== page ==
Please allow me to express my reservations over the newly formed 23-member High Level Development Committee (HLDC) chaired by Dr. Matthews Chikaonda, group CEO of Press Corporation Limited.
Put together by President Joyce Banda, the HLDC, which has academics, religious and business people, among others, is expected to convene sector specific consultations which form part of the agenda for a Nation Forum on Malawi at 50 set for March this year.
A great number of development conscious people, including myself—who has formally studied international development — agree that since Malawi attained independence from Britain 50 years ago, our people still live in deep poverty.
Nobody but us has the responsibility to wash away tears from our eyes as 50 years on, Malawi still struggles to find answers to problems some people, both local and abroad, already resolved.
Malawians who have had the opportunity can see for themselves what is happening around them. They, for example, see tangible improvements next door in Zambia, which is the same age as Malawi. President Banda has said northern neighbour, Tanzania, which visited Malawi to learn how we were implementing Malawi Social Action Fund (Masaf) is doing far much better.
In southern Africa, there are many positive stories emerging from countries which suffered civil war and similar problems and these include Mozambique, Rwanda and Angola.
The question that could be raised is: Just what is wrong with Malawi? A lame excuse for the country’s retarded development would perhaps be that it suffered immensely under the dictatorship of Kamuzu Banda, the country’s founding president.
One positive development we can point to 20 years after Malawi democratically removed Kamuzu from power is the revolution in the communication sector in the form of cellphones.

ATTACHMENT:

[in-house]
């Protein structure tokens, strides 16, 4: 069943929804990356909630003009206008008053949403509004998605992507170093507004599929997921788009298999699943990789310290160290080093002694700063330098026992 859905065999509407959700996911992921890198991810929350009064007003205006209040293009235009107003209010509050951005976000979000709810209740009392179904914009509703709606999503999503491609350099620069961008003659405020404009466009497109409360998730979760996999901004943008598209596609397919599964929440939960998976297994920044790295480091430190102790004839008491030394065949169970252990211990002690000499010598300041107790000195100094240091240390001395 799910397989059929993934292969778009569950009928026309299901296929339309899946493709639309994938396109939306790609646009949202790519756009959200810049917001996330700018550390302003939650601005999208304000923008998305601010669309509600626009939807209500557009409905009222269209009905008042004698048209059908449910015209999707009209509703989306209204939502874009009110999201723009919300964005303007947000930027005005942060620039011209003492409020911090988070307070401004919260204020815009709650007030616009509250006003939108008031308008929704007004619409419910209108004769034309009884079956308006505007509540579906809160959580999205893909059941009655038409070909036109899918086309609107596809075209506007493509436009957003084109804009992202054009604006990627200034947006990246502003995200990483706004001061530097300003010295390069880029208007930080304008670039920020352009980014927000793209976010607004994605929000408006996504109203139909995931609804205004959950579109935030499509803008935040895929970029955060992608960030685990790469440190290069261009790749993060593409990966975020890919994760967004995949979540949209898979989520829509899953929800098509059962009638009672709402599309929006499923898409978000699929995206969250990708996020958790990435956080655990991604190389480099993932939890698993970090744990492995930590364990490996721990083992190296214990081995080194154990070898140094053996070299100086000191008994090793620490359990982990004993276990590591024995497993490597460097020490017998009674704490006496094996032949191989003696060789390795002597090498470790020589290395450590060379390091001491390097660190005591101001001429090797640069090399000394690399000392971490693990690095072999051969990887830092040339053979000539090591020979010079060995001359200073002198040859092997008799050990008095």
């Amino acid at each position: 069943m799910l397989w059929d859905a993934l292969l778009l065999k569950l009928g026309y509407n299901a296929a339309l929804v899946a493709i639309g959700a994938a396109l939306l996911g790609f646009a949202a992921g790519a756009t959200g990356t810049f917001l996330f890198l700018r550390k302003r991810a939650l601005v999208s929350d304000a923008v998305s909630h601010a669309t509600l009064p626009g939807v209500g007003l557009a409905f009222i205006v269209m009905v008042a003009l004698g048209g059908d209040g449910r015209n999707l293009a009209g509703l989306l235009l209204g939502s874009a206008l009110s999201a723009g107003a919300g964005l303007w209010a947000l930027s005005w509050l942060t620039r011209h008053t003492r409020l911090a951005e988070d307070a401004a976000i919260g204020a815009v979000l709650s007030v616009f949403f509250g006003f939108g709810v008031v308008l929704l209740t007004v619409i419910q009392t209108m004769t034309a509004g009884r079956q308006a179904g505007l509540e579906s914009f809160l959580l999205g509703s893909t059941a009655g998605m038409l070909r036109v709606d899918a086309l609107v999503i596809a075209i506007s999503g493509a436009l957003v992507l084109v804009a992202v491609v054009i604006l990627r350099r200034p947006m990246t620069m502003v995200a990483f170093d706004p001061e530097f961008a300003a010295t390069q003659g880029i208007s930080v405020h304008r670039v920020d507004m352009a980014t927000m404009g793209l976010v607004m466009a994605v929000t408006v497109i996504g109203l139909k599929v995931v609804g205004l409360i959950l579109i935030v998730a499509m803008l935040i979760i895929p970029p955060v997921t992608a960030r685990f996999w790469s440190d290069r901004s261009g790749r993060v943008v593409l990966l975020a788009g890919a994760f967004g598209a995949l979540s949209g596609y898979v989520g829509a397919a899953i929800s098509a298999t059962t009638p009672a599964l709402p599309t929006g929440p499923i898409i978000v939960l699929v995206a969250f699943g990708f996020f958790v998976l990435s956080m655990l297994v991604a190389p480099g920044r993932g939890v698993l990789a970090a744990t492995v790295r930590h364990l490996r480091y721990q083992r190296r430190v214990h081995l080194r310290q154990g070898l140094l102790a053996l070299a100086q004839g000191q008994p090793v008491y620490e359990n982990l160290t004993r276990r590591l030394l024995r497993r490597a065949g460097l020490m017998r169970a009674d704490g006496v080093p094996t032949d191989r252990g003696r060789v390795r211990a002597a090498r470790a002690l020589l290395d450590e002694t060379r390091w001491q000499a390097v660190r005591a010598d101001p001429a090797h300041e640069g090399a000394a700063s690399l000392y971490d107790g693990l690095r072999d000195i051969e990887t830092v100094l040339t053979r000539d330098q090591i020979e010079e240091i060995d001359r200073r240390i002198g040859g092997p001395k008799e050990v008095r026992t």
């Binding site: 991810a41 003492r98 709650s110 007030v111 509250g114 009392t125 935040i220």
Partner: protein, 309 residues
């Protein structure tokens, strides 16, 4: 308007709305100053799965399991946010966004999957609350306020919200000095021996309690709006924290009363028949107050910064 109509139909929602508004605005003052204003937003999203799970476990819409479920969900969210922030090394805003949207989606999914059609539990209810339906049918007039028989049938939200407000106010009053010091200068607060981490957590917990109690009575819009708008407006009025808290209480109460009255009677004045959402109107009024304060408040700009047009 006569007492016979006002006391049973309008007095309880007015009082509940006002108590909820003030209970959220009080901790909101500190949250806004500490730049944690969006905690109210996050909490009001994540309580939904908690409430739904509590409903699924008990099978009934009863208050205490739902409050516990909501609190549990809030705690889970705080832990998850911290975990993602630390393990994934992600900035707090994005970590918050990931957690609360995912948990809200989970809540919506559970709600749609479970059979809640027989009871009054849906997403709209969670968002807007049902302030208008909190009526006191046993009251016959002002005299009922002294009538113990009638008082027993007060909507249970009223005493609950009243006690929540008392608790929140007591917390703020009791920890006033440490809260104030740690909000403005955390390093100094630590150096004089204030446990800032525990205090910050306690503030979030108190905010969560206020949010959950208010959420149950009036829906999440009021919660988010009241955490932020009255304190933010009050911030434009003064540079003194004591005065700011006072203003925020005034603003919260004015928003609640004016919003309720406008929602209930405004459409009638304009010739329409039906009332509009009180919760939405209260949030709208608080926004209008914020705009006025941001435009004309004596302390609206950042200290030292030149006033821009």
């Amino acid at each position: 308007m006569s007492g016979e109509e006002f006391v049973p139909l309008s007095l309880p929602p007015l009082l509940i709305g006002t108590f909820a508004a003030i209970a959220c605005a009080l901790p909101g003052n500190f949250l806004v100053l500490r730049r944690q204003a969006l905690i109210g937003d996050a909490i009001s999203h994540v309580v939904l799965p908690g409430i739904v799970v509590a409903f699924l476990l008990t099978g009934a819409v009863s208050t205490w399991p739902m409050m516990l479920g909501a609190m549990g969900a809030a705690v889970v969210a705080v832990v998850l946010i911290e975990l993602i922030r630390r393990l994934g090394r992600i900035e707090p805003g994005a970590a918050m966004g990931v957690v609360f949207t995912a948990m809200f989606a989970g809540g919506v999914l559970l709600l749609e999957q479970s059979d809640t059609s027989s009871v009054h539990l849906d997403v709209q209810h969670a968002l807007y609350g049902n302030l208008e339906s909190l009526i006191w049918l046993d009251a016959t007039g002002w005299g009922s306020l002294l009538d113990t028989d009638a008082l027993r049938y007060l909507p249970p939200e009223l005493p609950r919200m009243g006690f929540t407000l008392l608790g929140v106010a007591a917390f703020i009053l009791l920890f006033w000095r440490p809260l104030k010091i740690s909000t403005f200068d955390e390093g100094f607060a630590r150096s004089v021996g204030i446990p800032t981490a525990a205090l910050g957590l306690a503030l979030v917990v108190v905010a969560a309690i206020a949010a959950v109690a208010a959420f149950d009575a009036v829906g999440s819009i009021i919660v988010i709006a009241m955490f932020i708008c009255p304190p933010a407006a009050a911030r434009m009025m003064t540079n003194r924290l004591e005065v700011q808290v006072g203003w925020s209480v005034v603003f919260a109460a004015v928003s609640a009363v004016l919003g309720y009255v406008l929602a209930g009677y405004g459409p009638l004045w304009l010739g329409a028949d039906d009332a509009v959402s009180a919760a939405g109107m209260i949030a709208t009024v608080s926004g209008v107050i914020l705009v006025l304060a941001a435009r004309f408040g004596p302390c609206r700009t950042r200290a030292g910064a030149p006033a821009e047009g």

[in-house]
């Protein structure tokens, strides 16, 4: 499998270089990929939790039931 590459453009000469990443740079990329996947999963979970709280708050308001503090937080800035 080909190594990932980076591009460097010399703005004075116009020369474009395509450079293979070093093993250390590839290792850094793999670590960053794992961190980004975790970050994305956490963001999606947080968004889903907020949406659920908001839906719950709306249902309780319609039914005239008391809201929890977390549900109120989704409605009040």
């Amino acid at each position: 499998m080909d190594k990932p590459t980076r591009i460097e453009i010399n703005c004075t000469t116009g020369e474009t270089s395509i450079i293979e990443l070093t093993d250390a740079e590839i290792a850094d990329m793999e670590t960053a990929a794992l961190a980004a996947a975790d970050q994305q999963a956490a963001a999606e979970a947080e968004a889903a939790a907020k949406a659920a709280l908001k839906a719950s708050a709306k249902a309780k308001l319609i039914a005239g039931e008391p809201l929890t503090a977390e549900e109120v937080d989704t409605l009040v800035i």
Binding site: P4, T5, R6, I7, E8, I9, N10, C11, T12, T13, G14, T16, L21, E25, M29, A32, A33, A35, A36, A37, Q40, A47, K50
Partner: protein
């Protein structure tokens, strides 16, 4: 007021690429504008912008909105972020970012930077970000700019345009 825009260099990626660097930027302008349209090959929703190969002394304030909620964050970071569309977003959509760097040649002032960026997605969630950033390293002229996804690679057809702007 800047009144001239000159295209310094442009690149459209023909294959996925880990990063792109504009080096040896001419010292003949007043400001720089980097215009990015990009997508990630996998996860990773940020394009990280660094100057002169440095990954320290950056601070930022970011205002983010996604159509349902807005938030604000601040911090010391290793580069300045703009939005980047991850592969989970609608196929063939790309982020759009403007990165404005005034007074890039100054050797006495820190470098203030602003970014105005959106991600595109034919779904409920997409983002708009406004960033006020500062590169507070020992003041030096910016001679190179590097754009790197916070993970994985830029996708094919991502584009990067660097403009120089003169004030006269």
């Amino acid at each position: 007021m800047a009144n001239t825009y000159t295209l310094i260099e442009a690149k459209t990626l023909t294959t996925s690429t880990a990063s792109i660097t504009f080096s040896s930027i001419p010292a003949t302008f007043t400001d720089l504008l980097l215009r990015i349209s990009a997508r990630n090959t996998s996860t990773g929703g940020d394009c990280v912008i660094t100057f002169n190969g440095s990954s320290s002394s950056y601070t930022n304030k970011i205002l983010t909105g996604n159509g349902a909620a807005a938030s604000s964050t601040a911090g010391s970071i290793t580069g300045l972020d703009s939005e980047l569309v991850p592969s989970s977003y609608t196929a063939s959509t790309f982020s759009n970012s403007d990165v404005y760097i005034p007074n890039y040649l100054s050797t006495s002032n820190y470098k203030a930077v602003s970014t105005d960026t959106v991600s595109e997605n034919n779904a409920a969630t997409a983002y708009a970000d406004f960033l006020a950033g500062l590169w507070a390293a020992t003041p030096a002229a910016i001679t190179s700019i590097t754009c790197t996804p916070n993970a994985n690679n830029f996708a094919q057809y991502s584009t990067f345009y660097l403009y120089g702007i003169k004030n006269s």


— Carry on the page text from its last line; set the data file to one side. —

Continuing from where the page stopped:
Today, in many remote areas in the country, you find people talking on a cellphone. I can hazard a guess what the hard-working people, betrayed by their political leadership, are often talking about over their cellphones. They are discussing where their next meal would come from given the never ending hunger in a country that ironically sits on its hands as fresh water from a lake that runs the entire length of the country and could be used for irrigation, flows out into Mozambique.
What else could they be talking about?
The high cost of living, lack of medicines in hospitals, no teaching and learning materials in schools and the big scandal of siphoning huge sums of money by government departments. Allegations have been made that the massive corruption was orchestrated by President Banda’s ruling party. Some donors have since withheld aid which makes up to 40 percent of the budget of Malawi.
While some applaud the setting up of the HLDC by the President in this election year, I dare posit that Malawi does not need it. Various stakeholders have over the years studied Malawi’s development problems and made recommendations which continue to gather dust somewhere.
I understand Chikaonda wants cooperation and non-political interference as his group gets to work. I would be foolish to argue against that for we all want to win, supposedly. But what are the 23 people for? Does the group really need all those people to discuss what has already been defined and solutions suggested? There is no need for another talking shop. Not again!
With a strong hand at the steering wheel, the presidency that is, what is needed is a very small team of social scientists, engineers and money people to get into a huddle and strategise on how to implement what is agreed from the many proposals made in the past. This is 2014, and after 50 years of self-serving talk, collecting allowances at workshops, eating, getting drunk and having plenty of sex at great taxpayer expense, quit wasting time and get down to work!
—The author resides in the USA. He just concluded a month-long private visit to Malawi. He is the former founding editor of online publication, Maravi Post.